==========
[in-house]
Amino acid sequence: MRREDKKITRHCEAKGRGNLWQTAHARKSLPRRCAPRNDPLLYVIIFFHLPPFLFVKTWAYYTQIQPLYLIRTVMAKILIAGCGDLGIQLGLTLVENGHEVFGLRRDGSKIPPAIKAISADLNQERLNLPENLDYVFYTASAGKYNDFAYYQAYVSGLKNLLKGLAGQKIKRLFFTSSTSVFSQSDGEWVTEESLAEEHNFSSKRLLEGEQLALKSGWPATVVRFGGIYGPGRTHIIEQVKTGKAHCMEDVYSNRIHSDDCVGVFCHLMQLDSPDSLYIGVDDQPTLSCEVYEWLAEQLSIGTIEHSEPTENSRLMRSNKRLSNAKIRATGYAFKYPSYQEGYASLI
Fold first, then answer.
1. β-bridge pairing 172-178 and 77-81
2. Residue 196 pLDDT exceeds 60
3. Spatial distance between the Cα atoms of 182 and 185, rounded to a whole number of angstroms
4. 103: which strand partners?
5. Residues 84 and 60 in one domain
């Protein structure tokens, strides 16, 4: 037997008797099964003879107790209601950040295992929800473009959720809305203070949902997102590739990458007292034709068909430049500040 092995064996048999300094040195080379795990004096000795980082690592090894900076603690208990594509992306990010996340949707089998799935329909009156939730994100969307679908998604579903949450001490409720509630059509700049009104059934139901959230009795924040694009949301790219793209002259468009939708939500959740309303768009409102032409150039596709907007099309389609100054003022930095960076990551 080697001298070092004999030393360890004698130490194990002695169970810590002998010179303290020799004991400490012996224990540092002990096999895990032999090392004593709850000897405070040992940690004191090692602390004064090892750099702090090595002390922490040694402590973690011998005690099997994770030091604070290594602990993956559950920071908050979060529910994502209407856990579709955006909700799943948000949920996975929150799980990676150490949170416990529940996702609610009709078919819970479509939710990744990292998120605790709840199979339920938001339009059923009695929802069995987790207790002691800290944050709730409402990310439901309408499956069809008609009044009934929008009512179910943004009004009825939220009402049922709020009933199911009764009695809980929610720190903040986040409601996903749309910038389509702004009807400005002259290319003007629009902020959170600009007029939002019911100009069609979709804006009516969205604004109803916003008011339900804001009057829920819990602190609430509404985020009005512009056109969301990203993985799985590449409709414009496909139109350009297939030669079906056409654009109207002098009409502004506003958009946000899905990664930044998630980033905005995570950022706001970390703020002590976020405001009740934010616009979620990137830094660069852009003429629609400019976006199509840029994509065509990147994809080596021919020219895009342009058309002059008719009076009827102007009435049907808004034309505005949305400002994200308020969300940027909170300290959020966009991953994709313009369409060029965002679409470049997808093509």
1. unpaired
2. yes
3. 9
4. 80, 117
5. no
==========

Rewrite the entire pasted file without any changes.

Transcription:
[in-house]
Amino acid sequence: MRREDKKITRHCEAKGRGNLWQTAHARKSLPRRCAPRNDPLLYVIIFFHLPPFLFVKTWAYYTQIQPLYLIRTVMAKILIAGCGDLGIQLGLTLVENGHEVFGLRRDGSKIPPAIKAISADLNQERLNLPENLDYVFYTASAGKYNDFAYYQAYVSGLKNLLKGLAGQKIKRLFFTSSTSVFSQSDGEWVTEESLAEEHNFSSKRLLEGEQLALKSGWPATVVRFGGIYGPGRTHIIEQVKTGKAHCMEDVYSNRIHSDDCVGVFCHLMQLDSPDSLYIGVDDQPTLSCEVYEWLAEQLSIGTIEHSEPTENSRLMRSNKRLSNAKIRATGYAFKYPSYQEGYASLI
Fold first, then answer.
1. β-bridge pairing 172-178 and 77-81
2. Residue 196 pLDDT exceeds 60
3. Spatial distance between the Cα atoms of 182 and 185, rounded to a whole number of angstroms
4. 103: which strand partners?
5. Residues 84 and 60 in one domain
């Protein structure tokens, strides 16, 4: 037997008797099964003879107790209601950040295992929800473009959720809305203070949902997102590739990458007292034709068909430049500040 092995064996048999300094040195080379795990004096000795980082690592090894900076603690208990594509992306990010996340949707089998799935329909009156939730994100969307679908998604579903949450001490409720509630059509700049009104059934139901959230009795924040694009949301790219793209002259468009939708939500959740309303768009409102032409150039596709907007099309389609100054003022930095960076990551 080697001298070092004999030393360890004698130490194990002695169970810590002998010179303290020799004991400490012996224990540092002990096999895990032999090392004593709850000897405070040992940690004191090692602390004064090892750099702090090595002390922490040694402590973690011998005690099997994770030091604070290594602990993956559950920071908050979060529910994502209407856990579709955006909700799943948000949920996975929150799980990676150490949170416990529940996702609610009709078919819970479509939710990744990292998120605790709840199979339920938001339009059923009695929802069995987790207790002691800290944050709730409402990310439901309408499956069809008609009044009934929008009512179910943004009004009825939220009402049922709020009933199911009764009695809980929610720190903040986040409601996903749309910038389509702004009807400005002259290319003007629009902020959170600009007029939002019911100009069609979709804006009516969205604004109803916003008011339900804001009057829920819990602190609430509404985020009005512009056109969301990203993985799985590449409709414009496909139109350009297939030669079906056409654009109207002098009409502004506003958009946000899905990664930044998630980033905005995570950022706001970390703020002590976020405001009740934010616009979620990137830094660069852009003429629609400019976006199509840029994509065509990147994809080596021919020219895009342009058309002059008719009076009827102007009435049907808004034309505005949305400002994200308020969300940027909170300290959020966009991953994709313009369409060029965002679409470049997808093509």
1. unpaired
2. yes
3. 9
4. 80, 117
5. no